Referring again to FIG. 1, the image processor estimates a value of another characteristic from the surface data as a second task in act 14. Different networks or sub-parts of a network are used to estimate for other characteristics. The estimate is for a different task.

The characteristic may be any one of external landmarks, pose, body shape, weight, height, or internal body markers. In one embodiment, the different task is estimation of a different type of characteristic. A different one of external landmark, pose, body shape, weight, height, or internal body marker are estimated than the first characteristic. For example in FIG. 3, the image-to-image network 32 estimates the locations of four external landmarks. The neural network 30 and the neural network 36 estimate the different characteristics of body shape and body pose, respectively. In other embodiments, the second characteristic is of a same type as the first characteristic, but of different characteristics. For example, different landmarks are located by the different estimates and corresponding networks. In the example of FIG. 3, the image-to-image network 32 estimates locations of upper body landmarks as first characteristics, and the image-to-image network 34 estimates the locations of lower body landmarks (e.g., torso bottom, torso top, groin, knee bottom, knee top, ankle bottom, and ankle top) as second characteristics.

A different machine-learned model than the model used for estimating the first characteristic is used for the task of estimating the second characteristic. The same or different type of machine-learned model discussed above may be used. For the same type, the same or different architecture (e.g., number of layers, number of convolutions per layer, types of layers, order of layers, or other variations) may be used. In the example of FIG. 3, the second machine-learned network is an image-to-image network 34 (i.e., same type as the image-to-image network 32). An encoder 35A and decoder 35B form the image-to-image network 34. The image-to-image network 34 has a same layer arrangement and kernel size as the image-to-image network 32 but includes 15 filters per convolution layer instead of 12 of the image-to-image network 32, resulting in over 50 k parameters. The output is a 7 channel heatmap output instead of a 4 channel heatmap output. The upper and lower landmarks may be combined as an 11 channel heatmap output at the resolution (e.g., 192×592) of the input surface data.

The neural networks 30 and 36 are of different types than the image-to-image networks 32, 34. The body shape network 30 is designed or configured to output a 60-dimensional vector that represents a particular point in a pre-learned shape space. The values of the vector define the shape, such as based on a linear shape space using eigen vectors. FIG. 5 shows an example mesh 50 parameterized in the shape space. A dense net, sequential layer structure (e.g., feed forward without skip connections), convolutional neural network, or another network 31 is provided. In the example of FIG. 3, two stages of a convolution layer with 3×3 kernels, spatial dropout layer, and max pooling layer feed to two stages of dense layer and spatial drop out layer.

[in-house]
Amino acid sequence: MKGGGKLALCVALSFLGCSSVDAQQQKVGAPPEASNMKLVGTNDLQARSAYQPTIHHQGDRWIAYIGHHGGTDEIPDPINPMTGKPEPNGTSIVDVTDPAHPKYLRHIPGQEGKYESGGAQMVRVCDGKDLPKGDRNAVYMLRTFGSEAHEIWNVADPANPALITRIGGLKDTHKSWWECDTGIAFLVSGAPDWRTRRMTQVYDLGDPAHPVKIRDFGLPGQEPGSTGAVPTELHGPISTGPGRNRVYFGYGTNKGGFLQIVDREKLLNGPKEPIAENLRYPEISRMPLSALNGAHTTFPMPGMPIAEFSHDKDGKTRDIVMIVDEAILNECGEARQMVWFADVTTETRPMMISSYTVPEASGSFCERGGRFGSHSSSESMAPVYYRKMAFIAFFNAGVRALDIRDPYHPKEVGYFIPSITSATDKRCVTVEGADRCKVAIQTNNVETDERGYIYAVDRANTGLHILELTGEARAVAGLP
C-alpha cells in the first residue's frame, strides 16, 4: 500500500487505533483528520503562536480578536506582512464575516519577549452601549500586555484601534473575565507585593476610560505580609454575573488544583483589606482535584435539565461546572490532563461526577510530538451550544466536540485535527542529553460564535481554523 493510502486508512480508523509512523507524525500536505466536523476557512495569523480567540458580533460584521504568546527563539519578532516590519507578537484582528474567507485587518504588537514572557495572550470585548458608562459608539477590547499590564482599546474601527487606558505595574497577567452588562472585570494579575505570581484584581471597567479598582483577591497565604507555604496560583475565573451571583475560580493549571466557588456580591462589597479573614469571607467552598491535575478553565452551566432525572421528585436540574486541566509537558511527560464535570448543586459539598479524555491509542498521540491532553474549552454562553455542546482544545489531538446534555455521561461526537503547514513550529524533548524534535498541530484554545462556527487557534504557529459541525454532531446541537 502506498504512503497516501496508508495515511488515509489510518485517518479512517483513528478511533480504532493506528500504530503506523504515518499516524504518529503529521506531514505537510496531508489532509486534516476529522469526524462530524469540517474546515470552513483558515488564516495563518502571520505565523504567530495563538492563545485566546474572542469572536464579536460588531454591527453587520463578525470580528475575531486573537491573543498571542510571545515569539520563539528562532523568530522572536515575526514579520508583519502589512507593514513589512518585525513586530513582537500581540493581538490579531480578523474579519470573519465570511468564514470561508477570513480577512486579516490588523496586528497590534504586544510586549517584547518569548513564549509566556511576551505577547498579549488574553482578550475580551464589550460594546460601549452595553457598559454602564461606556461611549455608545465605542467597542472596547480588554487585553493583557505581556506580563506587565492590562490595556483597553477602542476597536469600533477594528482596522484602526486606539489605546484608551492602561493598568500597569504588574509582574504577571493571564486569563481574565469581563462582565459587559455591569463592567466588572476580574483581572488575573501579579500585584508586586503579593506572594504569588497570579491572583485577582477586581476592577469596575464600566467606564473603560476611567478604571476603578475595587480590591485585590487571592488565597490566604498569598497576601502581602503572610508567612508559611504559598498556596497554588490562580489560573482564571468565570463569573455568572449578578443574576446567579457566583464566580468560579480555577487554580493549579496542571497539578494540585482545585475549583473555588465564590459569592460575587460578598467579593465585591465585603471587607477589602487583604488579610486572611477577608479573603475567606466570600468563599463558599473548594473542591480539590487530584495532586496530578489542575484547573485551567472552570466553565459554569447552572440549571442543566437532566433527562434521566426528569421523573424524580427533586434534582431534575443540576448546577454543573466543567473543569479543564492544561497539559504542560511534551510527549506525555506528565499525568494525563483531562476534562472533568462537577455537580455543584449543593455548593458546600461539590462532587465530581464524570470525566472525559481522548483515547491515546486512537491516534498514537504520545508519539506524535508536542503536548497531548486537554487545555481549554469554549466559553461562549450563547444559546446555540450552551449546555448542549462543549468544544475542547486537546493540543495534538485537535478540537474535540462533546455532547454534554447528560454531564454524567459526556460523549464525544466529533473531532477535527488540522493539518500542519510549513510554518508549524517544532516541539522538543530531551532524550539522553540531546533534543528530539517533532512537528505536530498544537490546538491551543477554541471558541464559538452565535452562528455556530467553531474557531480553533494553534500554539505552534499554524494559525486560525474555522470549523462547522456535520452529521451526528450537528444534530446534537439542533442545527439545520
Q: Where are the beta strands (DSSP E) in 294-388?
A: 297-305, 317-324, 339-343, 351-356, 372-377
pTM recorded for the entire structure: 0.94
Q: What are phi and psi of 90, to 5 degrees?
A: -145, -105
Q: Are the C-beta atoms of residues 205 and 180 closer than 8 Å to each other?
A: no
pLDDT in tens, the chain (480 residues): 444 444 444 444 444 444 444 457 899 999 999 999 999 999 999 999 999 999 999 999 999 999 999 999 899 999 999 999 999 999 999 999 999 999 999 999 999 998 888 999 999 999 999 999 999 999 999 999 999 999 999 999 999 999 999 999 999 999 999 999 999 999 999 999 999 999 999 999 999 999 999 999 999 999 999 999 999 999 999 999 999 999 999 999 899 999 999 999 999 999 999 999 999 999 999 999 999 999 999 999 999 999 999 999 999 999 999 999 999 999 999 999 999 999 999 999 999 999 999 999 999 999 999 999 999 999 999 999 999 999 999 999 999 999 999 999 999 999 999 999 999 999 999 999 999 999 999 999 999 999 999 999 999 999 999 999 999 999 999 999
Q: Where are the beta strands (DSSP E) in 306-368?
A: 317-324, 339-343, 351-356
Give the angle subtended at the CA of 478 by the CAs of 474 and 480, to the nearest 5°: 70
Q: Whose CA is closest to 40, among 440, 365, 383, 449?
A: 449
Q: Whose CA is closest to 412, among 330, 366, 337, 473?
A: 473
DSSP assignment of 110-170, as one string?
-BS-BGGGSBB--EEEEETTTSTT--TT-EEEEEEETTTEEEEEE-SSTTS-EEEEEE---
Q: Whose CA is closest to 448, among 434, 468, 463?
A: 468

The body pose network 36 is designed or configured to output a class membership for pose, such as one of four classes (e.g., head-first supine, feet-first supine, head-first prone, and feet-first prone). A dense net, sequential layer structure (e.g., feed forward without skip connections), convolutional neural network, or another network 37 is provided. In the example of FIG. 3, two stages of a convolution layer with 3×3 kernels, spatial dropout layer, and max pooling layer feed to two stages of dense layer and spatial drop out layer.

Additional, different, or fewer networks 30, 32, 34, 36 may be provided in the multi-task progressive neural network. FIG. 3 shows four sub-parts where each sub-part handles a different patient modeling task. Other workflows may use two, three, five, or more patient modeling tasks and corresponding networks. The multi-task progressive neural network is designed or configured based on the number of tasks with each component network architecture being designed or configured based on the task. In FIG. 3, each of the columns, when examined separately, forms a Convolutional Neural Network (CNN).

The machine-learned models of the progressive multi-task network estimates the characteristics. The progressive multi-task network is a machine-learned network for performing multiple tasks. Each machine-learned model includes learned features, such as learned convolution kernels, for the task.

Rather than operating the networks 30, 32, 34, 36 independently, the networks for the tasks are related through shared features formed by progressive training. The training progresses through a sequence of the networks 30, 34, 32, 36, which allows subsequent training to use information from previous training of another one of the networks 30, 34, 32, 36. One or more features from one or more networks are used as features in a subsequent network. While training for a task, the shared components of that task from another previously trained network are frozen (i.e. kept constant), hence the performance of the previously learned tasks do not change. The resulting trained multi-task network is a progressive multi-task network as one or more parts use values for features from a previously applied part.